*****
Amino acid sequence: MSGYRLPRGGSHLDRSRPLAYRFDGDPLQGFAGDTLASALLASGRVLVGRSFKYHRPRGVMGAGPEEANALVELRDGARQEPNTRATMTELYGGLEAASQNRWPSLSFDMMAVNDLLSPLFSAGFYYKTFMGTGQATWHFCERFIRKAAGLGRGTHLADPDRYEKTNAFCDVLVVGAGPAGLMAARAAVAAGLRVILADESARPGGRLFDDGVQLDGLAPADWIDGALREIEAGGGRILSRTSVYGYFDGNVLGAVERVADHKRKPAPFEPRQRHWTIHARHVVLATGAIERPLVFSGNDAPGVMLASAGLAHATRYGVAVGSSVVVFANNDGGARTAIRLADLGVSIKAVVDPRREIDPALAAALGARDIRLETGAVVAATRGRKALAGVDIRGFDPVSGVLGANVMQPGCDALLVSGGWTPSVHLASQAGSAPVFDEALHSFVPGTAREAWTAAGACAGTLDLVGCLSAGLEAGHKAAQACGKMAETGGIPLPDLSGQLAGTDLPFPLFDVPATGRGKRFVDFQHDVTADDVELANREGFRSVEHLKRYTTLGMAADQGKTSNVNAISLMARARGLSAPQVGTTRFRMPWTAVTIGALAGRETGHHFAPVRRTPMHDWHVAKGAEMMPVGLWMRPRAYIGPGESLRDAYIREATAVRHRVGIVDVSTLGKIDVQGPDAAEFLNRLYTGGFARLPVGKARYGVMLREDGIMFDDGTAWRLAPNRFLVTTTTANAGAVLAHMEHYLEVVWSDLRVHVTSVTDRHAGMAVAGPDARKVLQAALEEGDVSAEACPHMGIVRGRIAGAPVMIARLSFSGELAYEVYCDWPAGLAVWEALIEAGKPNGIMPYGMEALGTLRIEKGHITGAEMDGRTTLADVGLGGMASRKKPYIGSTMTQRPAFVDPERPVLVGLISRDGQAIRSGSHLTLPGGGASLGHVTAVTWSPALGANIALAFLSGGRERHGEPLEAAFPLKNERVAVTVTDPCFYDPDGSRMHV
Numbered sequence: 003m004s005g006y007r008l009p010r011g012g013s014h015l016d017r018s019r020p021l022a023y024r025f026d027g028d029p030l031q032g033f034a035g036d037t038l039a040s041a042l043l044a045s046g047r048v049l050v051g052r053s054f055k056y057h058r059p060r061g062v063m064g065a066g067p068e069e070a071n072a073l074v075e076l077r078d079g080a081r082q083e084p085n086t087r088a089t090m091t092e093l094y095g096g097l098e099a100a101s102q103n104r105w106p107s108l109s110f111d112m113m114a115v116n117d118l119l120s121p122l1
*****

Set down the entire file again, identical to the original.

Amino acid sequence: MSGYRLPRGGSHLDRSRPLAYRFDGDPLQGFAGDTLASALLASGRVLVGRSFKYHRPRGVMGAGPEEANALVELRDGARQEPNTRATMTELYGGLEAASQNRWPSLSFDMMAVNDLLSPLFSAGFYYKTFMGTGQATWHFCERFIRKAAGLGRGTHLADPDRYEKTNAFCDVLVVGAGPAGLMAARAAVAAGLRVILADESARPGGRLFDDGVQLDGLAPADWIDGALREIEAGGGRILSRTSVYGYFDGNVLGAVERVADHKRKPAPFEPRQRHWTIHARHVVLATGAIERPLVFSGNDAPGVMLASAGLAHATRYGVAVGSSVVVFANNDGGARTAIRLADLGVSIKAVVDPRREIDPALAAALGARDIRLETGAVVAATRGRKALAGVDIRGFDPVSGVLGANVMQPGCDALLVSGGWTPSVHLASQAGSAPVFDEALHSFVPGTAREAWTAAGACAGTLDLVGCLSAGLEAGHKAAQACGKMAETGGIPLPDLSGQLAGTDLPFPLFDVPATGRGKRFVDFQHDVTADDVELANREGFRSVEHLKRYTTLGMAADQGKTSNVNAISLMARARGLSAPQVGTTRFRMPWTAVTIGALAGRETGHHFAPVRRTPMHDWHVAKGAEMMPVGLWMRPRAYIGPGESLRDAYIREATAVRHRVGIVDVSTLGKIDVQGPDAAEFLNRLYTGGFARLPVGKARYGVMLREDGIMFDDGTAWRLAPNRFLVTTTTANAGAVLAHMEHYLEVVWSDLRVHVTSVTDRHAGMAVAGPDARKVLQAALEEGDVSAEACPHMGIVRGRIAGAPVMIARLSFSGELAYEVYCDWPAGLAVWEALIEAGKPNGIMPYGMEALGTLRIEKGHITGAEMDGRTTLADVGLGGMASRKKPYIGSTMTQRPAFVDPERPVLVGLISRDGQAIRSGSHLTLPGGGASLGHVTAVTWSPALGANIALAFLSGGRERHGEPLEAAFPLKNERVAVTVTDPCFYDPDGSRMHV
Numbered sequence: 003m004s005g006y007r008l009p010r011g012g013s014h015l016d017r018s019r020p021l022a023y024r025f026d027g028d029p030l031q032g033f034a035g036d037t038l039a040s041a042l043l044a045s046g047r048v049l050v051g052r053s054f055k056y057h058r059p060r061g062v063m064g065a066g067p068e069e070a071n072a073l074v075e076l077r078d079g080a081r082q083e084p085n086t087r088a089t090m091t092e093l094y095g096g097l098e099a100a101s102q103n104r105w106p107s108l109s110f111d112m113m114a115v116n117d118l119l120s121p122l1